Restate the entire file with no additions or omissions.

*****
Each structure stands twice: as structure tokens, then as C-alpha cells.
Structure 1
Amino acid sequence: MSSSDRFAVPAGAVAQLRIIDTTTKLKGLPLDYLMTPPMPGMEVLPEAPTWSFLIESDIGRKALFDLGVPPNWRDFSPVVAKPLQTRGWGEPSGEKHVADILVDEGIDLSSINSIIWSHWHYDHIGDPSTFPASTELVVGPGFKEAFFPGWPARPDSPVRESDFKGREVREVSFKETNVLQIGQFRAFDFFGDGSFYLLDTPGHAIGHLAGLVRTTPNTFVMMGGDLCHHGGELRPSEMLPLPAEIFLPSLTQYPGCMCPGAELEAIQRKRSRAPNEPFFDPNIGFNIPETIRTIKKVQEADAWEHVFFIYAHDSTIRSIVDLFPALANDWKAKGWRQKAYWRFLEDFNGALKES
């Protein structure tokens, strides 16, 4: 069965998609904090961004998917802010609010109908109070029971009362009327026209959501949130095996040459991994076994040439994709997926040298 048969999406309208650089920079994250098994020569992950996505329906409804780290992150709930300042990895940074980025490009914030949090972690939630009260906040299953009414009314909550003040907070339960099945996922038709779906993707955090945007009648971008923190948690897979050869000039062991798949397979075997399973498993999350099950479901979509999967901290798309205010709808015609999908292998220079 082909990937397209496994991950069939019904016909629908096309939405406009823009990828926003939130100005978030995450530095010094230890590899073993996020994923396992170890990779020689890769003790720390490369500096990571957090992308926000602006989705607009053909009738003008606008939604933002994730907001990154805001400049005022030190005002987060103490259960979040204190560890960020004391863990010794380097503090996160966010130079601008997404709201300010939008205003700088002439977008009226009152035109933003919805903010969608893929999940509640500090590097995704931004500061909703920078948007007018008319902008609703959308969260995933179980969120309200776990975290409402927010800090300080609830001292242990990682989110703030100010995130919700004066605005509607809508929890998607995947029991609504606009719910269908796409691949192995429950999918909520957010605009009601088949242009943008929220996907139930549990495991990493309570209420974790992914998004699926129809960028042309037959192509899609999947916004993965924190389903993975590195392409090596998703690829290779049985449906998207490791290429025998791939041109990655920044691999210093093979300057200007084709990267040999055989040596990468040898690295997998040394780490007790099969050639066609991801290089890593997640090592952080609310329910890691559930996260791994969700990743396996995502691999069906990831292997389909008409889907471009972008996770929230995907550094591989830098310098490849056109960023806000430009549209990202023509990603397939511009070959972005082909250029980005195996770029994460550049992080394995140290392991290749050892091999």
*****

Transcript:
Each structure stands twice: as structure tokens, then as C-alpha cells.
Structure 1
Amino acid sequence: MSSSDRFAVPAGAVAQLRIIDTTTKLKGLPLDYLMTPPMPGMEVLPEAPTWSFLIESDIGRKALFDLGVPPNWRDFSPVVAKPLQTRGWGEPSGEKHVADILVDEGIDLSSINSIIWSHWHYDHIGDPSTFPASTELVVGPGFKEAFFPGWPARPDSPVRESDFKGREVREVSFKETNVLQIGQFRAFDFFGDGSFYLLDTPGHAIGHLAGLVRTTPNTFVMMGGDLCHHGGELRPSEMLPLPAEIFLPSLTQYPGCMCPGAELEAIQRKRSRAPNEPFFDPNIGFNIPETIRTIKKVQEADAWEHVFFIYAHDSTIRSIVDLFPALANDWKAKGWRQKAYWRFLEDFNGALKES
């Protein structure tokens, strides 16, 4: 069965998609904090961004998917802010609010109908109070029971009362009327026209959501949130095996040459991994076994040439994709997926040298 048969999406309208650089920079994250098994020569992950996505329906409804780290992150709930300042990895940074980025490009914030949090972690939630009260906040299953009414009314909550003040907070339960099945996922038709779906993707955090945007009648971008923190948690897979050869000039062991798949397979075997399973498993999350099950479901979509999967901290798309205010709808015609999908292998220079 082909990937397209496994991950069939019904016909629908096309939405406009823009990828926003939130100005978030995450530095010094230890590899073993996020994923396992170890990779020689890769003790720390490369500096990571957090992308926000602006989705607009053909009738003008606008939604933002994730907001990154805001400049005022030190005002987060103490259960979040204190560890960020004391863990010794380097503090996160966010130079601008997404709201300010939008205003700088002439977008009226009152035109933003919805903010969608893929999940509640500090590097995704931004500061909703920078948007007018008319902008609703959308969260995933179980969120309200776990975290409402927010800090300080609830001292242990990682989110703030100010995130919700004066605005509607809508929890998607995947029991609504606009719910269908796409691949192995429950999918909520957010605009009601088949242009943008929220996907139930549990495991990493309570209420974790992914998004699926129809960028042309037959192509899609999947916004993965924190389903993975590195392409090596998703690829290779049985449906998207490791290429025998791939041109990655920044691999210093093979300057200007084709990267040999055989040596990468040898690295997998040394780490007790099969050639066609991801290089890593997640090592952080609310329910890691559930996260791994969700990743396996995502691999069906990831292997389909008409889907471009972008996770929230995907550094591989830098310098490849056109960023806000430009549209990202023509990603397939511009070959972005082909250029980005195996770029994460550049992080394995140290392991290749050892091999």